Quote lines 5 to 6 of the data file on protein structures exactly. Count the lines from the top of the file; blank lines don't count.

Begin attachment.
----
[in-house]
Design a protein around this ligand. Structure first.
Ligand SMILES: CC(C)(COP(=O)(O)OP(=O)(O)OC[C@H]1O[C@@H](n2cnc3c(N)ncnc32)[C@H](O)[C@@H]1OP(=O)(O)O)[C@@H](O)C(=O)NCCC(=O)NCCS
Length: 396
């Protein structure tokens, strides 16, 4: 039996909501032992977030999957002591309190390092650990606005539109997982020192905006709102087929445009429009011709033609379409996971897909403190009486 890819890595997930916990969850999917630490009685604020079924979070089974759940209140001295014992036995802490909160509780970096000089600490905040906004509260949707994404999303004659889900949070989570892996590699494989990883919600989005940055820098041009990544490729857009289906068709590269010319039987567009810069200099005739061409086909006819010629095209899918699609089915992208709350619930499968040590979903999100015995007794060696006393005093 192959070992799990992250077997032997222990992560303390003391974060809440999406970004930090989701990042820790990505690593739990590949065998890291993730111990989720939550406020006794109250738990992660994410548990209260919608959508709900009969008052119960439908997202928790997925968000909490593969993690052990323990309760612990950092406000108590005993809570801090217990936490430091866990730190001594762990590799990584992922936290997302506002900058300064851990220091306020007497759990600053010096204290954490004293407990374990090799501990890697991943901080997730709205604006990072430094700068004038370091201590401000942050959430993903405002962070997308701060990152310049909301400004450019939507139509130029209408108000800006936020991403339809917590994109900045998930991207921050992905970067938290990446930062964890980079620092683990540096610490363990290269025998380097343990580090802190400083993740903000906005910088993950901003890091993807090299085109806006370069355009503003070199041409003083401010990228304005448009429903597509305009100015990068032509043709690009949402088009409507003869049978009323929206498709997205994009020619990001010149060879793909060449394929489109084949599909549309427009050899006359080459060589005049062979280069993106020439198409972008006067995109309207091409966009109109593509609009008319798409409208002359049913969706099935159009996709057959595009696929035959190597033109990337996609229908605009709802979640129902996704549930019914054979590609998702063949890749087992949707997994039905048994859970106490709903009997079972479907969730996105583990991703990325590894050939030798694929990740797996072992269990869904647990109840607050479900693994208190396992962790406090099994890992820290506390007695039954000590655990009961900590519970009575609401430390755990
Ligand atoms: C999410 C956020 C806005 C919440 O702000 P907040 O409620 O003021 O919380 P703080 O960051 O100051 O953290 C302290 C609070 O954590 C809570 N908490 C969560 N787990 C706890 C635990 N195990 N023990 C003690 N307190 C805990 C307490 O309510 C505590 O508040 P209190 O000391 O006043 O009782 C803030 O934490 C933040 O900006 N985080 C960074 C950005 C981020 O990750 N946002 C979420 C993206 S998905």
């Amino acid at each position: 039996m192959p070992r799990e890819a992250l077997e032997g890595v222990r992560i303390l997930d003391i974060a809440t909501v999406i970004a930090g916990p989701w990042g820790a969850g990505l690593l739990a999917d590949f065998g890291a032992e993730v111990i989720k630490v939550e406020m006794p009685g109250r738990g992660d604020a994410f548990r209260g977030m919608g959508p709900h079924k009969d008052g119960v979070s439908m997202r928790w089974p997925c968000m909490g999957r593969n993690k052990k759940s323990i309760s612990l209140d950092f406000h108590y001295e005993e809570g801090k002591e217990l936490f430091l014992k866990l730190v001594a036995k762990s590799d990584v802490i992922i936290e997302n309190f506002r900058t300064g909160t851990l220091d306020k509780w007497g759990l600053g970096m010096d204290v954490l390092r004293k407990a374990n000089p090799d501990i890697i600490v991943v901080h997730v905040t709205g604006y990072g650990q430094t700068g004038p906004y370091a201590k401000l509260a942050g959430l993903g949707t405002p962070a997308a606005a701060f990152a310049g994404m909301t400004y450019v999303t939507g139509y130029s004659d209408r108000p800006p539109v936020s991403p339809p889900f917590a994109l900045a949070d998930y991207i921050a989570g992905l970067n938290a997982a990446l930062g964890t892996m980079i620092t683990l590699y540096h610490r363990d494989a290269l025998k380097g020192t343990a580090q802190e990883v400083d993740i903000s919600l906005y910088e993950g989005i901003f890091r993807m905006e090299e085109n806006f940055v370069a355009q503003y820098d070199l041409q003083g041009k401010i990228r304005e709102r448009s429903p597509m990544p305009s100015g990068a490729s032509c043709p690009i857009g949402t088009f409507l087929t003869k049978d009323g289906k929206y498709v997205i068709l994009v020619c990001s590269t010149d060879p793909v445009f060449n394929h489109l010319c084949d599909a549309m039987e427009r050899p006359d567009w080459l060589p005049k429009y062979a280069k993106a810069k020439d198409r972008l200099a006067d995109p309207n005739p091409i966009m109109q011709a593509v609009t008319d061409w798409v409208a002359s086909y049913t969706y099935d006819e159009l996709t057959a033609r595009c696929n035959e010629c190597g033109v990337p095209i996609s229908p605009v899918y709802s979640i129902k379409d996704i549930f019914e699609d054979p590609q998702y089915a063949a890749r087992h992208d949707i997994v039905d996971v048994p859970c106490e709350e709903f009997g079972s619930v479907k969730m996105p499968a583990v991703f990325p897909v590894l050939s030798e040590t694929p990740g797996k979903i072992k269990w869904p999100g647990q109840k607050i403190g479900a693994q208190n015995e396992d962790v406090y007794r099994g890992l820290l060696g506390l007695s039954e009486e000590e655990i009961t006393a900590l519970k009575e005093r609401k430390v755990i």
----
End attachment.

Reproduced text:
């Protein structure tokens, strides 16, 4: 039996909501032992977030999957002591309190390092650990606005539109997982020192905006709102087929445009429009011709033609379409996971897909403190009486 890819890595997930916990969850999917630490009685604020079924979070089974759940209140001295014992036995802490909160509780970096000089600490905040906004509260949707994404999303004659889900949070989570892996590699494989990883919600989005940055820098041009990544490729857009289906068709590269010319039987567009810069200099005739061409086909006819010629095209899918699609089915992208709350619930499968040590979903999100015995007794060696006393005093 192959070992799990992250077997032997222990992560303390003391974060809440999406970004930090989701990042820790990505690593739990590949065998890291993730111990989720939550406020006794109250738990992660994410548990209260919608959508709900009969008052119960439908997202928790997925968000909490593969993690052990323990309760612990950092406000108590005993809570801090217990936490430091866990730190001594762990590799990584992922936290997302506002900058300064851990220091306020007497759990600053010096204290954490004293407990374990090799501990890697991943901080997730709205604006990072430094700068004038370091201590401000942050959430993903405002962070997308701060990152310049909301400004450019939507139509130029209408108000800006936020991403339809917590994109900045998930991207921050992905970067938290990446930062964890980079620092683990540096610490363990290269025998380097343990580090802190400083993740903000906005910088993950901003890091993807090299085109806006370069355009503003070199041409003083401010990228304005448009429903597509305009100015990068032509043709690009949402088009409507003869049978009323929206498709997205994009020619990001010149060879793909060449394929489109084949599909549309427009050899006359080459060589005049062979280069993106020439198409972008006067995109309207091409966009109109593509609009008319798409409208002359049913969706099935159009996709057959595009696929035959190597033109990337996609229908605009709802979640129902996704549930019914054979590609998702063949890749087992949707997994039905048994859970106490709903009997079972479907969730996105583990991703990325590894050939030798694929990740797996072992269990869904647990109840607050479900693994208190396992962790406090099994890992820290506390007695039954000590655990009961900590519970009575609401430390755990
Ligand atoms: C999410 C956020 C806005 C919440 O702000 P907040 O409620 O003021 O919380 P703080 O960051 O100051 O953290 C302290 C609070 O954590 C809570 N908490 C969560 N787990 C706890 C635990 N195990 N023990 C003690 N307190 C805990 C307490 O309510 C505590 O508040 P209190 O000391 O006043 O009782 C803030 O934490 C933040 O900006 N985080 C960074 C950005 C981020 O990750 N946002 C979420 C993206 S998905």